An NHS manager jailed for fraud last year has been ordered by the presiding Judge at Snaresbrook Crown Court to pay back £220,431.48 he defrauded from the NHS Newham Clinical Commissioning Group (CCG) or face an extra three years’ imprisonment. The figure represents all of the NHS manager’s known assets.
Michael Inije (58), of Stainforth Road in Newbury Park, Ilford was employed as the deputy accounts and governance manager at the North East London Commissioning Support Unit which provided services to a number of NHS organisations (NHS Newham CCG being one of those among them).
In May 2017, a colleague of Inije noticed that an invoice for £18,536.95 submitted for payment by a company called DAVII J SERVICES LTD was not clear about the services it had provided to NHS Newham CCG.
The payment was withheld while extra checks were made and, as suspicions grew, a fraud investigation was carried out on behalf of NHS England.
The suspect payment was for claims support given to Continuing Healthcare (CHC) case assessments and reviews, with services allegedly provided in March 2017. The NHS payment system showed that the invoice had been approved by Inije, who would not normally approve payments relating to CHC.
Fraud by Abuse of Position
Investigators found that the system had been set up such that all invoices from DAVII J SERVICES LTD were sent only to Inije for approval.
They then discovered that the company’s sole director was in fact Inije himself, and that between November 2013 and May 2017 he had submitted and approved a further 24 invoices to himself – under the guise of DAVII J SERVICES LTD – worth a total of £382,519.
All of these invoices claimed to relate to work for CHC packages and came out of Newham CCG’s funds.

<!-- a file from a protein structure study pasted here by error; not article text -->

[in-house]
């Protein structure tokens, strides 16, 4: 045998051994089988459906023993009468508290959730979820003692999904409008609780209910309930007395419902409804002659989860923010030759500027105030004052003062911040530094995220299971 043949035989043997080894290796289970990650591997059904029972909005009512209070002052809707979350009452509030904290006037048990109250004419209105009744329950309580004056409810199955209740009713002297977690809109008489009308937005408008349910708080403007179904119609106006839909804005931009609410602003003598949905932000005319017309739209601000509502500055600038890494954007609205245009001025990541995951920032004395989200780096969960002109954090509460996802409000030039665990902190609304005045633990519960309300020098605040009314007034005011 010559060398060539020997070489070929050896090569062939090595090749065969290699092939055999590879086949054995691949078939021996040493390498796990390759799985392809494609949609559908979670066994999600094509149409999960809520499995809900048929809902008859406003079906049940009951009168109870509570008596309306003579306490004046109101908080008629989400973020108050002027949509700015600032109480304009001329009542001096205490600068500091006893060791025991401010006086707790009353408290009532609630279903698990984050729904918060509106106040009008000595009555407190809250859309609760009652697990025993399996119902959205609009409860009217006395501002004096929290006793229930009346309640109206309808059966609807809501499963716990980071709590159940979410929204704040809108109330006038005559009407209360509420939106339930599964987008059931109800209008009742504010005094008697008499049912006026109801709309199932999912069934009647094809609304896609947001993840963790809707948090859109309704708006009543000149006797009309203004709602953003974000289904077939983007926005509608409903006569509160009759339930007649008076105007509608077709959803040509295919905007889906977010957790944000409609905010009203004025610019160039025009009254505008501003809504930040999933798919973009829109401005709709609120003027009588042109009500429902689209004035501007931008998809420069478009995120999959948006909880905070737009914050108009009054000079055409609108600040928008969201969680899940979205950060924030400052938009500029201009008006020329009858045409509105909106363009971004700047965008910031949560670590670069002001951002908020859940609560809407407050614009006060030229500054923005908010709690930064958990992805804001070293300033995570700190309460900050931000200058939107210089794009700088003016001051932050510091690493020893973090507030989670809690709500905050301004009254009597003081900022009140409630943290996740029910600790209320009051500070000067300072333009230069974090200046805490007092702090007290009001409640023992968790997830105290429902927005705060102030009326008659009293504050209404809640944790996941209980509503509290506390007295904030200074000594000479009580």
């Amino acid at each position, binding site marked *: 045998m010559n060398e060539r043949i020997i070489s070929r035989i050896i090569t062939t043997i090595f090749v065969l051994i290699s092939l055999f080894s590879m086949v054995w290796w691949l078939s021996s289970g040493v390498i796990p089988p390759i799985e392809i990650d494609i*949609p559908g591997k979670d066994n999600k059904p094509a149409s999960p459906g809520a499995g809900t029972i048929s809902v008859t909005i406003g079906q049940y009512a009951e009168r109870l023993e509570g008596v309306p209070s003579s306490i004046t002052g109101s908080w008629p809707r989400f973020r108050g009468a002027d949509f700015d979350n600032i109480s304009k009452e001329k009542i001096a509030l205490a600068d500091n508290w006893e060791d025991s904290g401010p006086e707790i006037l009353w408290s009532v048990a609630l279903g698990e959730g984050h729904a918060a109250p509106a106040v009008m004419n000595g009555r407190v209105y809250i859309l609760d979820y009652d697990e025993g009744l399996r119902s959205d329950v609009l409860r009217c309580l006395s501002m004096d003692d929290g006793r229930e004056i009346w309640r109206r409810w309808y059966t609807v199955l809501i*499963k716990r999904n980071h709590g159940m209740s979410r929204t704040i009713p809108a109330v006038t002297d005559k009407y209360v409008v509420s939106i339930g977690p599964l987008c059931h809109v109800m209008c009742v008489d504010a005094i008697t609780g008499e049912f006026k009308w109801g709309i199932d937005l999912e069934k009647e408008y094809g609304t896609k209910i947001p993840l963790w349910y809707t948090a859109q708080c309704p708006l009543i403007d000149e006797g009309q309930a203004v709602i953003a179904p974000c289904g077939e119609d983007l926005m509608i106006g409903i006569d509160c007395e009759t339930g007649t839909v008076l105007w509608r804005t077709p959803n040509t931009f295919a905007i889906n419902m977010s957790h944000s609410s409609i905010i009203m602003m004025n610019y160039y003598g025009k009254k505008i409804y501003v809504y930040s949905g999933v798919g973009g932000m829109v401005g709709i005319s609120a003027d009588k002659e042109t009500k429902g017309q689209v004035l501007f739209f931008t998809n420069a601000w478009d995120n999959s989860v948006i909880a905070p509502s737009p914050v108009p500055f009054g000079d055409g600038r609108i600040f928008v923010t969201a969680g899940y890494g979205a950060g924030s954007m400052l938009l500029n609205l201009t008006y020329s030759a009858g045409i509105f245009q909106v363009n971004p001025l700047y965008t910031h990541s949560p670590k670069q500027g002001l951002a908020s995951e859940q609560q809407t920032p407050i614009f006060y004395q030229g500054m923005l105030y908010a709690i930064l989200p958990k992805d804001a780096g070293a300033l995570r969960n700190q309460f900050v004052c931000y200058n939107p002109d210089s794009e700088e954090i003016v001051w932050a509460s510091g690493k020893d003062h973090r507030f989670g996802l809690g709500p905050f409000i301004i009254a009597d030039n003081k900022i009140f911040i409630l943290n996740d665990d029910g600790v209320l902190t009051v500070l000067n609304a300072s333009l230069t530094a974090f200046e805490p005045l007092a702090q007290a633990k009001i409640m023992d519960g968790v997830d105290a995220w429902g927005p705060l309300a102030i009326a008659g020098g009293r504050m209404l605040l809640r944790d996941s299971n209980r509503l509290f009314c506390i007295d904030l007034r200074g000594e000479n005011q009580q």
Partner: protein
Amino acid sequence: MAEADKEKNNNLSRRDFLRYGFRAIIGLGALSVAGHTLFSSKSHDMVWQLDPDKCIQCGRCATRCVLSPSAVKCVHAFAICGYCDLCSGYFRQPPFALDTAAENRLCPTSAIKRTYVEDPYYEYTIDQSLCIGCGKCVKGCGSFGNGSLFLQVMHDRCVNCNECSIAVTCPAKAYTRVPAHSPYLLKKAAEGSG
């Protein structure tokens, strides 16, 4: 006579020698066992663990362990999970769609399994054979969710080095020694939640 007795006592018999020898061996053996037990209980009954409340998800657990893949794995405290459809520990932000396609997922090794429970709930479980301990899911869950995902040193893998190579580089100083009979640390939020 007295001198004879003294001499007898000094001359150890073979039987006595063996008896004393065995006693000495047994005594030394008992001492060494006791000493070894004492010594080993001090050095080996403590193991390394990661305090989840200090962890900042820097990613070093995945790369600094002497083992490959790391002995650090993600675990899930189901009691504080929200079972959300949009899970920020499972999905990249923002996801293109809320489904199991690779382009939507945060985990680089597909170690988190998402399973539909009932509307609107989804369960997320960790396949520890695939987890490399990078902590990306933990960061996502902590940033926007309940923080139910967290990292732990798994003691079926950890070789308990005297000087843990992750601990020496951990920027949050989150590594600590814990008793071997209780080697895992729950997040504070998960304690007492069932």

Inije pleaded guilty to Fraud by Abuse of Position in October last year and was sentenced to three years and nine months’ imprisonment, after which the Proceeds of Crime Act process commenced.
Financial investigators from the NHS Counter Fraud Authority, which leads the fight against NHS fraud at the national level, established that Injie has £220,431.48 in available assets, all of which is earmarked to go back to the defrauded health body.
Recovery and return
Richard Rippin, head of operations at the NHS Counter Fraud Authority (NHSCFA), commented: “The NHSCFA welcomes this successful outcome. It sends a clear message that, where people seek to exploit the NHS for their own personal gain, we will take all action necessary to ensure that defrauded money is recovered and returned to the NHS to be used for what it was originally intended for – the delivery of patient care. Inije’s greed meant that hundreds of thousands of pounds for the care of NHS patients was diverted into his pocket. NHS England oversaw the original fraud investigation and the NHSCFA followed through with its financial investigators to recover the money. This is a good example of collaboration.”
Richeall Whelan, counter fraud specialist lead for NHS England and NHS Improvement in London, added: “NHS England and NHS Improvement are pleased with the outcome and that these funds are being returned to the NHS. All fraud in the NHS is unacceptable and should not be tolerated. It affects the ability of the NHS to improve health outcomes for people in England as resources are wrongfully diverted and cannot be used for their intended purpose.”